The Kenya Revenue Authority would forgo revenue of at least Sh4.25 billion if Parliament agrees to remove eight goods and services from the Value Added Tax bracket, the Parliamentary Budget Office has said.
The removal would however ease the cost of living, increase disposable income- money people have to spend- and there would be other effects, the Parliamentary Budget Office (PBO) said in a report presented to the Budget and Appropriations Committee.
“The financial implications of key proposals in the draft Bill include the revenue losses to the tax authority, benefits to consumers and users of affected supplies, and multiplier effects consisting of inflationary pressures and changes to economic growth,” PBO said in a presentation.
The proposal to amend the VAT Act has been made by John Mbadi (Suba, ODM) and was discussed by the Budget and Appropriations at a meeting Tuesday morning.
According to the Kenya National Bureau of Statistics, the inflation rate after the enactment of the Act rose to 8.29 per cent in September, the month it came into effect, from 6.67 per cent in August.
Among the goods and services Mr Mbadi had proposed to have removed from the VAT bracket are; feeds from waste vegetable material, insecticides, herbicides, newspapers and journals, credit reference bureau services and postal services.
Others are; supply of domestic electricity of not more than 200 Kwh, water drilling services and supplies to the Rural Electrification Authority.
In the meeting, the Budget Committee agreed to have the goods and services removed from the VAT bracket except newspapers, journals and periodicals.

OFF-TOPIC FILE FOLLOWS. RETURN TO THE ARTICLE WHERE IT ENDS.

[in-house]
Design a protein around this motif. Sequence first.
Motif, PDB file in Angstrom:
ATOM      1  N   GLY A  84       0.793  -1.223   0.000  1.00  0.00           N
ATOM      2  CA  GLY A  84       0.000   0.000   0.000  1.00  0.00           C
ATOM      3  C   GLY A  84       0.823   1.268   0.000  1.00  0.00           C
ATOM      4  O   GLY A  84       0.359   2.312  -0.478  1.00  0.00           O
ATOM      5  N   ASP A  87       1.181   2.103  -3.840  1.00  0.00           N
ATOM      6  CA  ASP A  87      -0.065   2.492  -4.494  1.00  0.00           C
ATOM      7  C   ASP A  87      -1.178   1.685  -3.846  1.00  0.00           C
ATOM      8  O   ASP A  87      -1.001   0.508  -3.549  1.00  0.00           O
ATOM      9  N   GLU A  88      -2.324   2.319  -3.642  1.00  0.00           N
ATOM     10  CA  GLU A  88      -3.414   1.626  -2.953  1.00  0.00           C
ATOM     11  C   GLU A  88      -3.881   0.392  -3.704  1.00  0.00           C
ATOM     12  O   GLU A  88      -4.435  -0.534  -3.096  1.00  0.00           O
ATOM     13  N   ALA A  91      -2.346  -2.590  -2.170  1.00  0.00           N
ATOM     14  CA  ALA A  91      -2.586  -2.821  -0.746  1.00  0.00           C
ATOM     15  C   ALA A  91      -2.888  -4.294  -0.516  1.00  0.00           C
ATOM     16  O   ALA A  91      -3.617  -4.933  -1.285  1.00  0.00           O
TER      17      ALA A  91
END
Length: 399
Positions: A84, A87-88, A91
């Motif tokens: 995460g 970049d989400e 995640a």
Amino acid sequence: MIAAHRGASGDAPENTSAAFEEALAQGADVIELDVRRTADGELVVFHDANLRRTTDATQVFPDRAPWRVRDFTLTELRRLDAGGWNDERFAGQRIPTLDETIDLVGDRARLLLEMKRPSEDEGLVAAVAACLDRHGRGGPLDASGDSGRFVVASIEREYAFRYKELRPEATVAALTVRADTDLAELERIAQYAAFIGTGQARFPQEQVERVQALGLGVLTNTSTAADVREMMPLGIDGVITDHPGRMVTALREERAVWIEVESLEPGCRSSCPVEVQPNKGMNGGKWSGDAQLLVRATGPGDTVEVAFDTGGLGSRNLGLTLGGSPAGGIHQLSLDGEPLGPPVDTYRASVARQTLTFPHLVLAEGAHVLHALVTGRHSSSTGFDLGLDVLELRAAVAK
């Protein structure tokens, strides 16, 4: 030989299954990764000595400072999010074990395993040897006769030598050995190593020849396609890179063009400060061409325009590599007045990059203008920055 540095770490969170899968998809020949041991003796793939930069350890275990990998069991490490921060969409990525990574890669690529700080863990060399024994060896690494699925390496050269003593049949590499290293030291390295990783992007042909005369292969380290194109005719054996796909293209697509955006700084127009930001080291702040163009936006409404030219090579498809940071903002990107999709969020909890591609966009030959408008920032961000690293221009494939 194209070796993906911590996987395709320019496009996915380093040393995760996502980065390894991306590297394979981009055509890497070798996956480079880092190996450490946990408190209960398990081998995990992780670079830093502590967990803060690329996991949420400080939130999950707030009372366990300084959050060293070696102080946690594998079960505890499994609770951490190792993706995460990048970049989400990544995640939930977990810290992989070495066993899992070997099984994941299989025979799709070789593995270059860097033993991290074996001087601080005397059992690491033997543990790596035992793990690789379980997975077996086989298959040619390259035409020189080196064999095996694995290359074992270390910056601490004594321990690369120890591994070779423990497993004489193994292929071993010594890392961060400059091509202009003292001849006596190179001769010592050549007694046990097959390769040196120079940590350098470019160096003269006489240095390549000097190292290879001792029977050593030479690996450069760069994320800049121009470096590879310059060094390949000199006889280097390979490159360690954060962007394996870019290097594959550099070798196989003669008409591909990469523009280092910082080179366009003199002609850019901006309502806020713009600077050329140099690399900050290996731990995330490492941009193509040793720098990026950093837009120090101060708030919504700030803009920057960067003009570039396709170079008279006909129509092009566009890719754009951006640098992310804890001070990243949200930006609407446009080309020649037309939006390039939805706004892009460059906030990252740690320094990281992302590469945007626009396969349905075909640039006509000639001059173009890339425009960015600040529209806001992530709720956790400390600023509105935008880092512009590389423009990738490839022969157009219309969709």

“Some of the amendments such as those seeking to exempt infant milk and milk products, bread and M-Pesa services are inconsequential since these supplies are already exempt under the Act,” the PBO said.
COUNTERACT INFLATION TREND
Overall, it said, a section of the amendments could help counteract the inflation triggered by the enactment of the VAT Act.
The enactment of the Act was followed by an increase in the price of goods such as milk and bread. After KRA issued a clarification of the Act’s effects, the price of milk went back down.
Consumers will be the biggest beneficiaries if the supply of electricity to households removed from VAT as they would save Sh1.761 billion, with the Rural Electrification Authority saving Sh94 million.
KRA would lose Sh183 million in foregone revenue on animal feeds, PBO said, but the benefit to farmers would exceed the expected revenue losses.
Sh216 million would be lost if insecticides, fungicides and herbicides are removed from under VAT but farmers would again benefit immensely.
The rejected proposal to remove newspapers and journals from VAT would have led to a loss of Sh1.25 billion in revenue, according to PBO, and the prices of newspapers would have reverted to Sh50.
KRA would have to forego Sh184 million due to the exemption of credit reference bureaus services, the PBO said, but the benefits potentially exceed that.
PBO further said that the exemption of fishnets would ease the cost of inputs in the fishing industry.
PBO is charged with giving MPs an independent and well-researched opinion on the impact of Bills to do with finance and its suggestion is that it would be better off to pass the VAT Act as it would have a better impact on Kenyans.